Vincenzo Malinconico is a lawyer with an almost non-existent practice, still yearning for the wife who left him two years ago for an architect (why is it that ex-wives always seem to end up with architects, he asks), when out of the blue he’s summoned to act as the court-appointed lawyer at the initial interview of a man found with a severed hand buried in his backyard. It’s immediately clear to him that his client, Fantasia, is a very nasty piece of work and the whiff of the Camorra is strong in the air. To his own surprise, he does rather well in the initial duel with the Acting District Attorney and his cheeky performance impresses his client, so much so that he finds himself pursued by the Camorra to see the case through. What follows is both funny and sinister, “a cunning account of the Mafia’s influence on everyday life”, as the blurb says, and a wry examination of the male ego. Against his will Vincenzo finds himself tagged by a Camorra minder/bodyguard who gets him out of a number of ugly situations so that he is forced to recognize the power of brute force and the social and political clout the brand has. But he certainly isn’t cut out for working with the Camorra.
The secret of the Camorra’s success, I think as I’m standing there, must be the way that they eliminate the whole idea of problem-solving. In their cognitive system, probably, there is no human situation that can’t be solved in a brisk and direct manner….
Whereas I’m constantly overwhelmed by imponderables. I have a horror of death. I perceive life as something that continually opposes an obstinate and dignified resistance to my every desire. I have, so to speak, a mortgage holder’s attitude to life. Life gives me a series of deadlines, life obliges me to make a number of periodic payments, if that conveys the idea. It’s not something I take for granted, the idea that I’m here and that life is here too, that we’re both in the same place. Life isn’t free, you know. I have always had this idea of life as a mortgage that extracts a portion of what I make every month, while at the same time preventing me from turning into a complete savage, in a certain sense. (264)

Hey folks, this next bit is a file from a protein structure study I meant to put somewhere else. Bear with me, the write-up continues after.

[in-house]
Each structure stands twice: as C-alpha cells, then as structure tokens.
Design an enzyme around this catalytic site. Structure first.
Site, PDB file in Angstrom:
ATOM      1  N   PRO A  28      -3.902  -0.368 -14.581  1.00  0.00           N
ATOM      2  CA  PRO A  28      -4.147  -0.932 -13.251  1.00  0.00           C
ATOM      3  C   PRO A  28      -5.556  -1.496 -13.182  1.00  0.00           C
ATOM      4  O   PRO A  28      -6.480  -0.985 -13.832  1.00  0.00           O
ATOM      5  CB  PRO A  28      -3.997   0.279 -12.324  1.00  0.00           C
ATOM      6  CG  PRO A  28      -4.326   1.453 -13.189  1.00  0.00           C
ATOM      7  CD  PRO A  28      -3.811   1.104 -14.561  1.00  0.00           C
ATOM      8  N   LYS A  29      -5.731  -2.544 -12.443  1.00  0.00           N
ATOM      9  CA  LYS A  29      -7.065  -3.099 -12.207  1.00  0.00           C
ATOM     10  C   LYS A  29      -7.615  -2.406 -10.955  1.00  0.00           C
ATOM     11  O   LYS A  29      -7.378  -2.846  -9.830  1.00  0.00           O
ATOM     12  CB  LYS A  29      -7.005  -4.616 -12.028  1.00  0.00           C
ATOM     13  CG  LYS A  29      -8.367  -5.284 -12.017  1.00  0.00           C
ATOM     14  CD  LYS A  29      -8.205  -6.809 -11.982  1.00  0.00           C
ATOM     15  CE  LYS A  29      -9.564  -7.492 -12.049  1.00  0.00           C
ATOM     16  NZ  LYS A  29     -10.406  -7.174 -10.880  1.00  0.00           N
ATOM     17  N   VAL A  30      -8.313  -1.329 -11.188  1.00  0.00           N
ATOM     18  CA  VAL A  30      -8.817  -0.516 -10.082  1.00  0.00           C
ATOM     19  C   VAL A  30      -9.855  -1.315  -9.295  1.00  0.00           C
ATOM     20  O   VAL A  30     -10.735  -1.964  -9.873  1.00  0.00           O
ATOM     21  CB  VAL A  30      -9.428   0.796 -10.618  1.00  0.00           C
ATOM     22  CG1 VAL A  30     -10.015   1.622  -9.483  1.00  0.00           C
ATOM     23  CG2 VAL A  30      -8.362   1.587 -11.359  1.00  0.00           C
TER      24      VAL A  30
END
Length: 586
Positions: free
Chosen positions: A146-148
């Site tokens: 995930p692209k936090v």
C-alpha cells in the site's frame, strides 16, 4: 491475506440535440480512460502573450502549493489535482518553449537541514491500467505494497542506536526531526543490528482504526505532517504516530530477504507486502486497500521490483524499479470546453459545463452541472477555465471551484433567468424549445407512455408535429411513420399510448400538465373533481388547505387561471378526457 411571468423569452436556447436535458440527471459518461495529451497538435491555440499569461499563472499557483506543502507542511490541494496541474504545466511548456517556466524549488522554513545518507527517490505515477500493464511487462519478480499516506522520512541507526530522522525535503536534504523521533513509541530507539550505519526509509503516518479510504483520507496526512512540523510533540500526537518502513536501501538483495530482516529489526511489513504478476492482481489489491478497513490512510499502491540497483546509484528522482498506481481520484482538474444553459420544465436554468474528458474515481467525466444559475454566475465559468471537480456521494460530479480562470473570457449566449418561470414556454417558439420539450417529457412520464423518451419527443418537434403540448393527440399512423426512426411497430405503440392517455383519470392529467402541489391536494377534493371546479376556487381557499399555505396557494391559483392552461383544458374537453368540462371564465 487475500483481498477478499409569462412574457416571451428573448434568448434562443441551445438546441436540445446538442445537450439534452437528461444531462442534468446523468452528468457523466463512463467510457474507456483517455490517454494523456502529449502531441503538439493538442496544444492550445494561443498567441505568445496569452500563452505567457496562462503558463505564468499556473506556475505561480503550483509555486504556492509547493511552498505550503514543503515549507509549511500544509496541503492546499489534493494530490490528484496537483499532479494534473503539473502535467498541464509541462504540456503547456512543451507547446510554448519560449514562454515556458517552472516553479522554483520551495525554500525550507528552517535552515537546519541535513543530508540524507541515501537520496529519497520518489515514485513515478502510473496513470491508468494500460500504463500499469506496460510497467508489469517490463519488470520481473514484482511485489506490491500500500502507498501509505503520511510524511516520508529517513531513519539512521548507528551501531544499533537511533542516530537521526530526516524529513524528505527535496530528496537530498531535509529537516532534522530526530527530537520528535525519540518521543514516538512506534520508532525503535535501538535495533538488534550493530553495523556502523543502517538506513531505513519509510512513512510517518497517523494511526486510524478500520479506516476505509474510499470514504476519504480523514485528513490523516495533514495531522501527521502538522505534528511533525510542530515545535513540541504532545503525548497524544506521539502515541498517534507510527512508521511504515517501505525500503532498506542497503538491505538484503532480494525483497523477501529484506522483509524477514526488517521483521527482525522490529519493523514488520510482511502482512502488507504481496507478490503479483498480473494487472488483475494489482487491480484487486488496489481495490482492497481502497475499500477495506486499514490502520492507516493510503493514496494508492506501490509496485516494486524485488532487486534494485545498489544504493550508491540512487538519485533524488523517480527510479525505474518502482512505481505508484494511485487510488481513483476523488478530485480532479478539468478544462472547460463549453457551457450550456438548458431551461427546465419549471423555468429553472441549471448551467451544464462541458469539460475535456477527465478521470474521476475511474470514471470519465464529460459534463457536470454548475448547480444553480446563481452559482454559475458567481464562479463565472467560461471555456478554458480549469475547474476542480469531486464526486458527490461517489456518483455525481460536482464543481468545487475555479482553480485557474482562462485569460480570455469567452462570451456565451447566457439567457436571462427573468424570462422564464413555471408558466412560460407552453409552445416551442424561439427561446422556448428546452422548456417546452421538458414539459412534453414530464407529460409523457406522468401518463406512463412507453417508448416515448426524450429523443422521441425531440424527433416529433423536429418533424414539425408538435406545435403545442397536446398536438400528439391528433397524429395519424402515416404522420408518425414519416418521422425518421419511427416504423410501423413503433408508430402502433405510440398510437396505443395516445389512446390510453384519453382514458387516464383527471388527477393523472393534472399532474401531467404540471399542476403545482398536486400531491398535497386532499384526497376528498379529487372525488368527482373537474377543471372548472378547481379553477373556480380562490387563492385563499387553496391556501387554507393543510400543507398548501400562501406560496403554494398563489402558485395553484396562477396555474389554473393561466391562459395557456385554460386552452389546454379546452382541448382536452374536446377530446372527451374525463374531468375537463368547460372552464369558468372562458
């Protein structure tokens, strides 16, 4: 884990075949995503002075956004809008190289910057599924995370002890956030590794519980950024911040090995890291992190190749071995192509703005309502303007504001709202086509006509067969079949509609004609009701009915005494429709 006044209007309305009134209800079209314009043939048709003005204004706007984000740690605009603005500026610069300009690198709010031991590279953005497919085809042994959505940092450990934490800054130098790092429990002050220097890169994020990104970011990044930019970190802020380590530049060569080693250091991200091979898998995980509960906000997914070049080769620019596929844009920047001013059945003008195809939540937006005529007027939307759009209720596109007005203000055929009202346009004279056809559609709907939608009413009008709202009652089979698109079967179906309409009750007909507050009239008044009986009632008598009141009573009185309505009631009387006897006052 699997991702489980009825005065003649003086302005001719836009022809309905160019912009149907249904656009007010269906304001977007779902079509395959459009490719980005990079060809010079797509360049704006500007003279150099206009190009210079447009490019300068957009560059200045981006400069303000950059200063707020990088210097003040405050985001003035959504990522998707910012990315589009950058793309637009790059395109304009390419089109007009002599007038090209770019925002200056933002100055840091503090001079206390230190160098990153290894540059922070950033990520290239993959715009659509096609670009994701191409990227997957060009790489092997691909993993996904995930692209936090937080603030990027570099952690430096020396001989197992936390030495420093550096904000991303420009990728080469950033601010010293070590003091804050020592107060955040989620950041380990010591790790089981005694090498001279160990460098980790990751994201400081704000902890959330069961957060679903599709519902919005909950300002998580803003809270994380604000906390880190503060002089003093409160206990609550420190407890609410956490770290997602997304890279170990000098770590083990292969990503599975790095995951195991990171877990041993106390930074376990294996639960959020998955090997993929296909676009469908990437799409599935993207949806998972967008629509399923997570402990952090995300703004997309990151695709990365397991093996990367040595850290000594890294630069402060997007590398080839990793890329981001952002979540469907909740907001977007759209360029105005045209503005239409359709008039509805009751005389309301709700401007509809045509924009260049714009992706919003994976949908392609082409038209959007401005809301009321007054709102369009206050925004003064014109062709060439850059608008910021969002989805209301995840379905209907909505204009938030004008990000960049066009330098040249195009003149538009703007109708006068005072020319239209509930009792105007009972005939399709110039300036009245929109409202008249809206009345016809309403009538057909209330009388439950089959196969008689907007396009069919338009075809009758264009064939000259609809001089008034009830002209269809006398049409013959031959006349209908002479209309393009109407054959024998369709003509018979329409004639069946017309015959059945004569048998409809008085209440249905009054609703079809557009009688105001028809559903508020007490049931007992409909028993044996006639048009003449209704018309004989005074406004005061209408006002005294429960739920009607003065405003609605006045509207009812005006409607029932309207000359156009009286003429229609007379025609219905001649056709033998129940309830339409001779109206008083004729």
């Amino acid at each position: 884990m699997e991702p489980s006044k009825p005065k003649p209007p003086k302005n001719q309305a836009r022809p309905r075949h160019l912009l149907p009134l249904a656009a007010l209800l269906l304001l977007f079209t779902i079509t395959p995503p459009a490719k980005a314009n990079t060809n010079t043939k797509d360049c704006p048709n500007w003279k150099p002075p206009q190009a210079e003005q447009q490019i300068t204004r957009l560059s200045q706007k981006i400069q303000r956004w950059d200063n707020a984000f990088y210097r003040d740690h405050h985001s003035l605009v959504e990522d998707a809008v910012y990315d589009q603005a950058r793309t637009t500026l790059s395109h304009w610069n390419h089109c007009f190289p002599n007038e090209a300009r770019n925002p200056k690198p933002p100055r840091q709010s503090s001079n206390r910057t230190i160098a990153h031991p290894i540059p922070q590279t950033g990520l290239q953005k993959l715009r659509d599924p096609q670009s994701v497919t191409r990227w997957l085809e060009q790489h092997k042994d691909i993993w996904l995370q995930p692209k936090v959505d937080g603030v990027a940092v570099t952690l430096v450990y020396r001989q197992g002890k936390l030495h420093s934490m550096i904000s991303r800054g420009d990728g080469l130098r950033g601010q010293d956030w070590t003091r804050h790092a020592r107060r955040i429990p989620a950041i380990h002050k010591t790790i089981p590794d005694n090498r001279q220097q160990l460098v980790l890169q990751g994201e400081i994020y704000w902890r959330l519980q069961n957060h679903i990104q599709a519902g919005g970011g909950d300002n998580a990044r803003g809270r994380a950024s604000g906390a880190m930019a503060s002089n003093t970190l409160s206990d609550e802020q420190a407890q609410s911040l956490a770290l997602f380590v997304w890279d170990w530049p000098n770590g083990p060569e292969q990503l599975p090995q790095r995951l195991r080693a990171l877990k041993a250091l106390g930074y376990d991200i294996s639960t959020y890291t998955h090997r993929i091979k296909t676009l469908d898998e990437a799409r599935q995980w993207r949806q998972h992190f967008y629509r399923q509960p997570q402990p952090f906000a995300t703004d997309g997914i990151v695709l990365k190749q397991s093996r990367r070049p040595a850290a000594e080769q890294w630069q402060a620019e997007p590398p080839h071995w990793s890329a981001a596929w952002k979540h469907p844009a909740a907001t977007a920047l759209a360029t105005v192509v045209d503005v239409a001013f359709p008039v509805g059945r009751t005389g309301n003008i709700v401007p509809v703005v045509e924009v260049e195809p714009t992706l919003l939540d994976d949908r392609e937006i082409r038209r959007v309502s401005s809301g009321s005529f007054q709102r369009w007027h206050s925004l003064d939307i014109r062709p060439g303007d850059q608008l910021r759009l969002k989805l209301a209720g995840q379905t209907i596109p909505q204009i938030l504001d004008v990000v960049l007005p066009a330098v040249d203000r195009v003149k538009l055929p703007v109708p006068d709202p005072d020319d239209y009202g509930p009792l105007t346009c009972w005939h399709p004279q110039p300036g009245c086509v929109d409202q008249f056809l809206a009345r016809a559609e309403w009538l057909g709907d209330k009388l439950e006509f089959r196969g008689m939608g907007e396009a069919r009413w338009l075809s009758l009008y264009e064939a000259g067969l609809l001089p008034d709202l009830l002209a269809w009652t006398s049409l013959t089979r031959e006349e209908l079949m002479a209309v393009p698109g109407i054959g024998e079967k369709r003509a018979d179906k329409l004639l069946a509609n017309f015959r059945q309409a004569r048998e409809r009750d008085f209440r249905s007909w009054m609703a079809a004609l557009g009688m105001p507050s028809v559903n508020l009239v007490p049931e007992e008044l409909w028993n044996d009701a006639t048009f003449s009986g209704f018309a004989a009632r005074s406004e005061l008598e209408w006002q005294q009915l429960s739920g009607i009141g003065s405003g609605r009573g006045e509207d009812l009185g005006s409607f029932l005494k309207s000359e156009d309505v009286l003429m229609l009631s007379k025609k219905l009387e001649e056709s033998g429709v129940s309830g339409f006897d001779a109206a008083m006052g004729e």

If you’re a crime reader you’ll like this. Even if, like me, you aren’t really, you’ll probably fall for Vincenzo’s voice, which the racy English translation captures perfectly. He’s an instantly engaging character, perpetually puzzled by life’s refusal to form a logical narrative. In his relationship with his ex-wife and with a new love, in his relationship with his children, with the neighbour who seems to want to confide in him at the most inconvenient moments, with his bad-penny minder Tricarico, even with the yappy little dog that terrorises visitors to his downmarket office, he’s constantly besieged by the sense that he doesn’t know what’s coming next and he doesn’t know how he got where he is now.
I only wish (really, I do wish) that the out-of-date disappointments, the wrong people, the answers I failed to give, the debts I incurred needlessly, the small cruelties that poisoned my soul, all the things I can’t relegate to the past, love stories especially — would just vanish from my mind and never come back. But I’m filled with residue and after effects, specters with nothing better to do who just drop by to see me all the time. I blame it on memory, which freezes and thaws of its own volition, hindering the digests and of life and making you feel appallingly alone when you least expect it (19)
But Vincenzo is no mere lovable bumbler. De Silva plays a great riff on the lone-wolf private investigator, crappy car, gorgeous women and all, but the book is much more than that. It’s about the deals we make with ourselves, the lines we spin ourselves and the sudden, brief illuminations we have about what’s really going on in us. And about the fact that every life does have its own crazy logic.
I’m not a narrator you can rely on, Vincenzo tells us early on. Oh yes, we can, and for exactly these reasons:
I’m too interested in incidental considerations that can take you off track. When I tell a story, it’s like watching someone rummage through the drawer where they keep their receipts and records.…I daydream, I get distracted, I make little piles of paper. I find things I wasn’t looking for and stop to think about them (20)
A funny, clever, thoughtful book, it won the Naples Prize for Fiction on its publication in 2007 and was shortlisted for the Strega Prize.
Diego De Silva, I Hadn’t Understood, (Europa editions, tr. Antony Shugaar, 2012).